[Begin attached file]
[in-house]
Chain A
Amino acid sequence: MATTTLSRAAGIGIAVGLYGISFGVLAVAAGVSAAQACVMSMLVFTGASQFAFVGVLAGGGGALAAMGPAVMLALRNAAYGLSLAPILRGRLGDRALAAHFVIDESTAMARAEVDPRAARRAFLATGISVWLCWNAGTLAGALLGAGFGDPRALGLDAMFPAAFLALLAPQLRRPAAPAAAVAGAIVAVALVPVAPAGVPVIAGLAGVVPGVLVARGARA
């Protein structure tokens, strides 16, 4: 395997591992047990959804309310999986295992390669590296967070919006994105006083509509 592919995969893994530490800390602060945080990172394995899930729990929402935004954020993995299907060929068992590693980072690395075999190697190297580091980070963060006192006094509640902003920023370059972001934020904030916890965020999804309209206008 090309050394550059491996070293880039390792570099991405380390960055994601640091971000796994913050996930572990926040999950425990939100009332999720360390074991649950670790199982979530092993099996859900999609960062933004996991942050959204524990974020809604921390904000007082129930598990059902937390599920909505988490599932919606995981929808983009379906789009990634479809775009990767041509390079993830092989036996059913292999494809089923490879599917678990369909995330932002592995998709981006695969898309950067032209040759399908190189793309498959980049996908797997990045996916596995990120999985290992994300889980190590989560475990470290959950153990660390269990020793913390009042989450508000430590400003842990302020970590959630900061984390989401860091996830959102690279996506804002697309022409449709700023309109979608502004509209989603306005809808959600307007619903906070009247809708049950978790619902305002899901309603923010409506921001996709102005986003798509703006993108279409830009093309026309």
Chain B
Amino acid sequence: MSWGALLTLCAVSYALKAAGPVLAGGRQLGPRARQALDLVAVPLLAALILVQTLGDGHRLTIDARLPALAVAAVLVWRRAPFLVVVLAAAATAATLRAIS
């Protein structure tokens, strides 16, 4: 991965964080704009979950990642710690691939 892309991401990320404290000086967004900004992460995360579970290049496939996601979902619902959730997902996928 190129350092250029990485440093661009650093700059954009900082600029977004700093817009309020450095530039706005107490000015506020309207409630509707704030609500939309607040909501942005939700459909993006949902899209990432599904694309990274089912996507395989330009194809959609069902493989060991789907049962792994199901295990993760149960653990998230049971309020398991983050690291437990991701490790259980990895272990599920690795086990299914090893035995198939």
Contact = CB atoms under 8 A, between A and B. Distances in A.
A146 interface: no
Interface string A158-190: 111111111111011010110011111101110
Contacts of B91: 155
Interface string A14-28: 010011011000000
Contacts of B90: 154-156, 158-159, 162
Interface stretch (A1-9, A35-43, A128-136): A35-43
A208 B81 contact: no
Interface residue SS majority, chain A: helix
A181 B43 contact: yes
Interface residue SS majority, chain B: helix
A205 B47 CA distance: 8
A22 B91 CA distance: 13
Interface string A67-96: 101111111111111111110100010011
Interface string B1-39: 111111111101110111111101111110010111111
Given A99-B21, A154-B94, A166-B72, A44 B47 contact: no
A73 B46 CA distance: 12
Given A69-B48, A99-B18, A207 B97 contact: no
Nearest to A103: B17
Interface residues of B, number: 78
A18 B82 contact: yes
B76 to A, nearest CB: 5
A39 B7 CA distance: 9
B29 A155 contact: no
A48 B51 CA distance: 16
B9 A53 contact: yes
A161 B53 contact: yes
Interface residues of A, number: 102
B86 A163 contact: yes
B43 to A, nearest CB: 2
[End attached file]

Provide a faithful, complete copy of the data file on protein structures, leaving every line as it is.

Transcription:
[in-house]
Chain A
Amino acid sequence: MATTTLSRAAGIGIAVGLYGISFGVLAVAAGVSAAQACVMSMLVFTGASQFAFVGVLAGGGGALAAMGPAVMLALRNAAYGLSLAPILRGRLGDRALAAHFVIDESTAMARAEVDPRAARRAFLATGISVWLCWNAGTLAGALLGAGFGDPRALGLDAMFPAAFLALLAPQLRRPAAPAAAVAGAIVAVALVPVAPAGVPVIAGLAGVVPGVLVARGARA
């Protein structure tokens, strides 16, 4: 395997591992047990959804309310999986295992390669590296967070919006994105006083509509 592919995969893994530490800390602060945080990172394995899930729990929402935004954020993995299907060929068992590693980072690395075999190697190297580091980070963060006192006094509640902003920023370059972001934020904030916890965020999804309209206008 090309050394550059491996070293880039390792570099991405380390960055994601640091971000796994913050996930572990926040999950425990939100009332999720360390074991649950670790199982979530092993099996859900999609960062933004996991942050959204524990974020809604921390904000007082129930598990059902937390599920909505988490599932919606995981929808983009379906789009990634479809775009990767041509390079993830092989036996059913292999494809089923490879599917678990369909995330932002592995998709981006695969898309950067032209040759399908190189793309498959980049996908797997990045996916596995990120999985290992994300889980190590989560475990470290959950153990660390269990020793913390009042989450508000430590400003842990302020970590959630900061984390989401860091996830959102690279996506804002697309022409449709700023309109979608502004509209989603306005809808959600307007619903906070009247809708049950978790619902305002899901309603923010409506921001996709102005986003798509703006993108279409830009093309026309």
Chain B
Amino acid sequence: MSWGALLTLCAVSYALKAAGPVLAGGRQLGPRARQALDLVAVPLLAALILVQTLGDGHRLTIDARLPALAVAAVLVWRRAPFLVVVLAAAATAATLRAIS
């Protein structure tokens, strides 16, 4: 991965964080704009979950990642710690691939 892309991401990320404290000086967004900004992460995360579970290049496939996601979902619902959730997902996928 190129350092250029990485440093661009650093700059954009900082600029977004700093817009309020450095530039706005107490000015506020309207409630509707704030609500939309607040909501942005939700459909993006949902899209990432599904694309990274089912996507395989330009194809959609069902493989060991789907049962792994199901295990993760149960653990998230049971309020398991983050690291437990991701490790259980990895272990599920690795086990299914090893035995198939």
Contact = CB atoms under 8 A, between A and B. Distances in A.
A146 interface: no
Interface string A158-190: 111111111111011010110011111101110
Contacts of B91: 155
Interface string A14-28: 010011011000000
Contacts of B90: 154-156, 158-159, 162
Interface stretch (A1-9, A35-43, A128-136): A35-43
A208 B81 contact: no
Interface residue SS majority, chain A: helix
A181 B43 contact: yes
Interface residue SS majority, chain B: helix
A205 B47 CA distance: 8
A22 B91 CA distance: 13
Interface string A67-96: 101111111111111111110100010011
Interface string B1-39: 111111111101110111111101111110010111111
Given A99-B21, A154-B94, A166-B72, A44 B47 contact: no
A73 B46 CA distance: 12
Given A69-B48, A99-B18, A207 B97 contact: no
Nearest to A103: B17
Interface residues of B, number: 78
A18 B82 contact: yes
B76 to A, nearest CB: 5
A39 B7 CA distance: 9
B29 A155 contact: no
A48 B51 CA distance: 16
B9 A53 contact: yes
A161 B53 contact: yes
Interface residues of A, number: 102
B86 A163 contact: yes
B43 to A, nearest CB: 2